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Meet Jeannie Campbell, The Character Therapist

Tuesday, July 12, 2011

I want you to meet a very special person today.  I call her the therapists' therapist. :) For me anyway. I've been counseling for thirty years, but as a writer, maybe especially as a writer I need someone with Jeannie's skill set. One of the passions that she and I both share is "helping those not afflicted with mental disorders understand those who are." Jeannie helped me pin down some of my heroine's motivations in Secrets of the Heart. I'm sure I'll be utilizing Jeannie's skills again soon in my next book as I go through the revision process for Chameleon. Please welcome Jeannie Campbell.

Jeannie the Therapist:

Jeannie Campbell is a Licensed Marriage and Family Therapist (MFC # 45366) in the state of California. She is Head of Clinical Services for a large non-profit in Humboldt County, and enjoys working mainly with children and parents.

Jeannie graduated summa cum laude from New Orleans Baptist Theological Seminary with a Masters of Divinity with Specialization in Psychology and Counseling and magna cum laude from the University of Mississippi with a double major in psychology and journalism. She has worked in a crisis pregnancy center, psychiatric hospital, drug rehabilitative program, several non-profits and homeless shelters, a foster family agency, and in private practice.

Jeannie the Writer:

Jeannie has been writing ever since she received a diary for her fifth birthday. She began writing angst-ridden middle-grade novels in junior high, often commandeering the family computer for hours on end. After eight years of higher educational pursuits, she moved onto adult contemporary romance and romantic suspense, frequently using her day job as a therapist to generate lots of fodder for her night job as a writer.

Two of Jeannie’s “therapeutic romance” manuscripts have garnered the high praise of being finalists in the Genesis Contest for unpublished writers, sponsored by the American Christian Fiction Writers (ACFW), of which she is an active member. She writes a popular monthly column for Christian Fiction Online Magazine and has been featured in many other e-zines, newspapers, and blogs.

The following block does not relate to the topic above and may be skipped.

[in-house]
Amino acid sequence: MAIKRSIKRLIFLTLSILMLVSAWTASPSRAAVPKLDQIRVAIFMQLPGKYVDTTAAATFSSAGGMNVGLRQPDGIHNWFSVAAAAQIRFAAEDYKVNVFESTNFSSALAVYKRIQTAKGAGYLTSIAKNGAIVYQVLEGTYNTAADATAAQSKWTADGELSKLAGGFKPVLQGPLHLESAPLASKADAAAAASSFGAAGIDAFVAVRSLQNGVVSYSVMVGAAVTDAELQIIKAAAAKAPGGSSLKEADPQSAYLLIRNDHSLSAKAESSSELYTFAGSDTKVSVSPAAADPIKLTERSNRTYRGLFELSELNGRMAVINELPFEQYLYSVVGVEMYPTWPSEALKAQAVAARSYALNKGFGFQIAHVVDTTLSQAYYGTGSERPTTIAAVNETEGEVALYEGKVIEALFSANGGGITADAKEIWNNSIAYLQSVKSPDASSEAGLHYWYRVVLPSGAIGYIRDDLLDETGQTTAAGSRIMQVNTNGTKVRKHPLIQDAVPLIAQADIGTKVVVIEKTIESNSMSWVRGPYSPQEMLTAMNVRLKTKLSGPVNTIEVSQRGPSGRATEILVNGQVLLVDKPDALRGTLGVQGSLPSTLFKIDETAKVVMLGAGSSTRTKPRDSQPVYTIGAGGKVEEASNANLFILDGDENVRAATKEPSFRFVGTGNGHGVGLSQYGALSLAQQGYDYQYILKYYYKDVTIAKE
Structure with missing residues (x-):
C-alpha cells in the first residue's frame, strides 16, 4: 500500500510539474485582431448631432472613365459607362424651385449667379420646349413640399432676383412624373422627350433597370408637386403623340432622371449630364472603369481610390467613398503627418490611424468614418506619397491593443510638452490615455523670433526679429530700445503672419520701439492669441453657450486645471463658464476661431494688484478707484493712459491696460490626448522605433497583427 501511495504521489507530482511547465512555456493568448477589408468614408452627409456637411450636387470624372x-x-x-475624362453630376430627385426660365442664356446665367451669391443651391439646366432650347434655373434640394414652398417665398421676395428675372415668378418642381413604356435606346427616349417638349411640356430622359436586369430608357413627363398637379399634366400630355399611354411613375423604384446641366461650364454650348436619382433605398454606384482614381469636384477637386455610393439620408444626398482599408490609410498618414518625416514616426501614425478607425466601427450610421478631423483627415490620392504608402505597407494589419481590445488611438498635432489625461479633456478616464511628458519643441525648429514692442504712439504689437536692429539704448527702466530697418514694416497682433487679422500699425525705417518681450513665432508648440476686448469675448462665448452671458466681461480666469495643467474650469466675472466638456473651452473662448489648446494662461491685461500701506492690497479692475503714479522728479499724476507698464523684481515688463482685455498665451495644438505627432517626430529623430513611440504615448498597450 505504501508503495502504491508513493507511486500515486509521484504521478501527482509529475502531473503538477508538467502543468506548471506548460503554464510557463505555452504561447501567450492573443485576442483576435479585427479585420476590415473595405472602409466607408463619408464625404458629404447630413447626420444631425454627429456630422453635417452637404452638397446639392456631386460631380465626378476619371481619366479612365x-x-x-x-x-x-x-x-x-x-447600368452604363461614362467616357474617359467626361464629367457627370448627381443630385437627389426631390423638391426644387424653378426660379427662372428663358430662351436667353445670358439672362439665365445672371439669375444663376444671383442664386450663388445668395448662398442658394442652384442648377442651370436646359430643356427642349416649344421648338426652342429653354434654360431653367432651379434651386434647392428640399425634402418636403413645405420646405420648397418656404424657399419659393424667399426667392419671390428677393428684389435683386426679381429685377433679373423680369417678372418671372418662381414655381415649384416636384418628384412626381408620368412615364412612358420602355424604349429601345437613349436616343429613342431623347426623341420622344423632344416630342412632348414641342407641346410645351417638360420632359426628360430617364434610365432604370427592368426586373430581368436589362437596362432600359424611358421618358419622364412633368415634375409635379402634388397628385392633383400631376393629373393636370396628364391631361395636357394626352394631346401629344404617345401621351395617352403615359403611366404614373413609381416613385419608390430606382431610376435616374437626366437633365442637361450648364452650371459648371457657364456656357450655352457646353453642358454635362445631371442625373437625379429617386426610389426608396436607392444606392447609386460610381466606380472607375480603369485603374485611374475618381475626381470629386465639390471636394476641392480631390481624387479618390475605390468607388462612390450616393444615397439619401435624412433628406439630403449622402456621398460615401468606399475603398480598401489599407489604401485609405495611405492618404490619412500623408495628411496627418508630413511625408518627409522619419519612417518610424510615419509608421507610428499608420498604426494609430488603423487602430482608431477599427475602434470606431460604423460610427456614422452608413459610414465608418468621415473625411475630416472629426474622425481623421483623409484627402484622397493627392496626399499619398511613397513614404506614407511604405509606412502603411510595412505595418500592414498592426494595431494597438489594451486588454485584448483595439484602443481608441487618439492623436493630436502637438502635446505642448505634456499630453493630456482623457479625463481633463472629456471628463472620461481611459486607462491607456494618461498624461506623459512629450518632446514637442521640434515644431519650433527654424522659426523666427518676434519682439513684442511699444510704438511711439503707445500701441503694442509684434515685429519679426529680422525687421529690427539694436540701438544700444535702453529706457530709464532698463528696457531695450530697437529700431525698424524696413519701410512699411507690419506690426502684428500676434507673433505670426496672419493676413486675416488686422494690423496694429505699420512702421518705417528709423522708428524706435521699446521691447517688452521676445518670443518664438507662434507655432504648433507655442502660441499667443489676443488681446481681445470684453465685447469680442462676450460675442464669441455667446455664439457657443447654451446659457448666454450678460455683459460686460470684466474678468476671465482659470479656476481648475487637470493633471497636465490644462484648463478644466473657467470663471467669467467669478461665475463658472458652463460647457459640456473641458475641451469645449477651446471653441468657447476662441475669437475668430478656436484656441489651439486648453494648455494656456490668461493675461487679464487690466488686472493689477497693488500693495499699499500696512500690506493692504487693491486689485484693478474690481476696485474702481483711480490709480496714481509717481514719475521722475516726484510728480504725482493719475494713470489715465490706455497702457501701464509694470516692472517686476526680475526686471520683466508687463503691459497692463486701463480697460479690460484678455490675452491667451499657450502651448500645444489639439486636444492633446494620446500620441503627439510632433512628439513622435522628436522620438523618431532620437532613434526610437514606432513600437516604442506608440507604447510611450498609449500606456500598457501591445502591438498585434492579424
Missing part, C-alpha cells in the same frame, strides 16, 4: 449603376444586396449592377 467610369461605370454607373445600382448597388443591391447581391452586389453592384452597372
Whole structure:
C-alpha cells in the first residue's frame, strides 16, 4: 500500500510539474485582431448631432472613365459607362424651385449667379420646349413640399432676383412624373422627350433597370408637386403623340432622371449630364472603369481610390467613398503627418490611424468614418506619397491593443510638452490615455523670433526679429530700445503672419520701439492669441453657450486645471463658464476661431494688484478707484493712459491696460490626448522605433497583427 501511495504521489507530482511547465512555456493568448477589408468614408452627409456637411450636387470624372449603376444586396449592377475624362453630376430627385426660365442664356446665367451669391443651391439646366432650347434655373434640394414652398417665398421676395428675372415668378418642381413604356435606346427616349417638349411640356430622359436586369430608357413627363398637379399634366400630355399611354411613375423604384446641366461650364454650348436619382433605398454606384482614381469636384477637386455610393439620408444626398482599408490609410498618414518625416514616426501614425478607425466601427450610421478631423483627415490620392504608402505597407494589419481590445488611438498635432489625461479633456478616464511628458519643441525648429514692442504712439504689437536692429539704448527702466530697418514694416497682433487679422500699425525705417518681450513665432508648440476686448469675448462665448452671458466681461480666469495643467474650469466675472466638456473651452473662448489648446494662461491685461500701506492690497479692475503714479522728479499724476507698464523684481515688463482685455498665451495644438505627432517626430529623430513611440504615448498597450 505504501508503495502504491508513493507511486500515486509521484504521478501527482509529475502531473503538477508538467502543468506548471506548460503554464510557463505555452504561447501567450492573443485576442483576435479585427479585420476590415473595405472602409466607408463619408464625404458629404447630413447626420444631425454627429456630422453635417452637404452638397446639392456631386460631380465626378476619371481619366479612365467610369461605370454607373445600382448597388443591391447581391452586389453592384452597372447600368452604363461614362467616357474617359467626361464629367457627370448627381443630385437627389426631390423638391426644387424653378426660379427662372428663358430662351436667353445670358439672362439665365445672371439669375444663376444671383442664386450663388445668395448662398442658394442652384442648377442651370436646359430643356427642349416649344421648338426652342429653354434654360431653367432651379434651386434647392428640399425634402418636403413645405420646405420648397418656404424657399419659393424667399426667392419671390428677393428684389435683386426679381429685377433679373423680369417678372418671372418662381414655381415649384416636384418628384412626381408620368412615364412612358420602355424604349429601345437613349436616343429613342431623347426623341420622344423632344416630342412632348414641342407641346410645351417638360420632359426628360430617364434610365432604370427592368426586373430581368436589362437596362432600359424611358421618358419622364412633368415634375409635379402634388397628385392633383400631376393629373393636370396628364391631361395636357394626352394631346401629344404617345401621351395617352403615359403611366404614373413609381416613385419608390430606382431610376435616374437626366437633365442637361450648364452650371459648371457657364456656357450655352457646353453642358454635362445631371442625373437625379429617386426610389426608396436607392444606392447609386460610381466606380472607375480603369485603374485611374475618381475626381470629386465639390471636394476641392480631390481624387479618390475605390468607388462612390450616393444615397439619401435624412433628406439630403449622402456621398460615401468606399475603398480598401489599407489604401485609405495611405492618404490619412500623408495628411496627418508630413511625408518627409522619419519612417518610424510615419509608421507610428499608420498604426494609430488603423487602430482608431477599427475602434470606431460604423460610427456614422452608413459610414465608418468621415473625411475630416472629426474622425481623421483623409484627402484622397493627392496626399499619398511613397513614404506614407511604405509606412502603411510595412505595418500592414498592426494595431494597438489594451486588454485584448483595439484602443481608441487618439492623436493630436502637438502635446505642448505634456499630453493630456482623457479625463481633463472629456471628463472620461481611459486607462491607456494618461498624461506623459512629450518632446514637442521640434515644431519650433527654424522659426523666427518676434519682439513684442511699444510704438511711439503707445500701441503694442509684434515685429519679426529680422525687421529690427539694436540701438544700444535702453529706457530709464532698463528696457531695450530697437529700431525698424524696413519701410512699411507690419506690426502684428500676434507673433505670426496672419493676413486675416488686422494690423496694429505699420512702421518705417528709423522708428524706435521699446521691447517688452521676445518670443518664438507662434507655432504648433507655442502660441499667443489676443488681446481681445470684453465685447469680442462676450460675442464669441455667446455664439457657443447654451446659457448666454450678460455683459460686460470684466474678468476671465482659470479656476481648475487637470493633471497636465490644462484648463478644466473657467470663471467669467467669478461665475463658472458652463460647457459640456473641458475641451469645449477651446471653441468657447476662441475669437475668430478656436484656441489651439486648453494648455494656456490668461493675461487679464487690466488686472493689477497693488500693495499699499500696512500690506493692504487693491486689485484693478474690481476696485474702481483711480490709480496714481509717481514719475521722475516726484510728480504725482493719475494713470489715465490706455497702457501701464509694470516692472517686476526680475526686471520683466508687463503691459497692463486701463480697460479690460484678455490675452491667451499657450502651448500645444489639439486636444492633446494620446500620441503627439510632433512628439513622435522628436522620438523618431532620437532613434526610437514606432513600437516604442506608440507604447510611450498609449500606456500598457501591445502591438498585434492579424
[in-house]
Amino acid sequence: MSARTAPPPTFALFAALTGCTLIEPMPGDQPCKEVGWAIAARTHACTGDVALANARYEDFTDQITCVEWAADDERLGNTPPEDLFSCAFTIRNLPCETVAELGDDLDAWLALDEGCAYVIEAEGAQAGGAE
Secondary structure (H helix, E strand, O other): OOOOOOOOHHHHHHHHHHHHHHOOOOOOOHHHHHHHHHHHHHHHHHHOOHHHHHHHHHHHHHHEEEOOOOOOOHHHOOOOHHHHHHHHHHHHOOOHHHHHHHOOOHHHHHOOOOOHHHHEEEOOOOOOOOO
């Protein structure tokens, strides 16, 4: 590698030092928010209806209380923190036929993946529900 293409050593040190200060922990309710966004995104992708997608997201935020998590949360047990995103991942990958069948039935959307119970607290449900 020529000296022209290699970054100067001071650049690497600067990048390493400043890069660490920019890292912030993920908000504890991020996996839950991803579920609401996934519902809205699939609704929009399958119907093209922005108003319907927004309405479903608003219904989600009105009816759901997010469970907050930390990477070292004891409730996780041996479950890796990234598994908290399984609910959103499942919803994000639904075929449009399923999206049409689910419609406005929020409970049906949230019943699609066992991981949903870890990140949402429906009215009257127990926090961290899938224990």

My tag: "on online therapy service for fictional characters"

Often say: "Get some couch time" and "on the couch"

What is Character Therapy?

Character Therapy is what I do when I use my professional training and experience as a licensed clinician to evaluate and diagnose fictional characters.

How can you—a published or aspiring writer—benefit?

1) Write characters more realistically.

Using a search engine to find out information about a mental disorder yields a very different result than asking a therapist who has treated those same problems in real life. Instead of getting a bunch of stale facts, I can help you breathe life into your characters while taking into consideration your unique story world.

2) Plot more feasibly.

Plotting the external conflict around your character’s internal conflict is essential to create tension on every page. Understanding the character’s driving goals and motivation in relation to their emotional state will help you figure out what plot points need to occur to maximize the character’s arc to its fullest potential.

3) Avoid clichéd or incorrect depictions of mental disorders.

My passion is helping those not afflicted with mental disorders understand those who are. Since one in four adults have a mental disorder, the likelihood of one of your characters having one is pretty high. But you want every nuance to ring true about the character, not feel cardboard cutout or stereotyped. So pick my brain instead of yours to avoid pitfalls of re-writing later.

Have I piqued your curiosity? Think your characters might benefit from some couch time?

Website for a couch appointment:


  1. thanks for this post, jill! i like that...a therapist's therapist. lol!


  2. Hey there Jeannie,
    Love what you have to offer all of us. You are one smart woman. I'll be leaving this post up till next Tuesday so more folks have a chance to see how your skills may help improve their skills.

  3. Convenience is something to consider more than personality when looking for a therapist. Although you of course want a therapist who is at ease to talk to and friendly, you should also take into consideration how many patients he or she sees, because this will determine the amount of time available to be spent on you. Also look at the location from his or her office to your home and consider a therapist who is willing to meet your specific needs.

    therapist in Irvine CA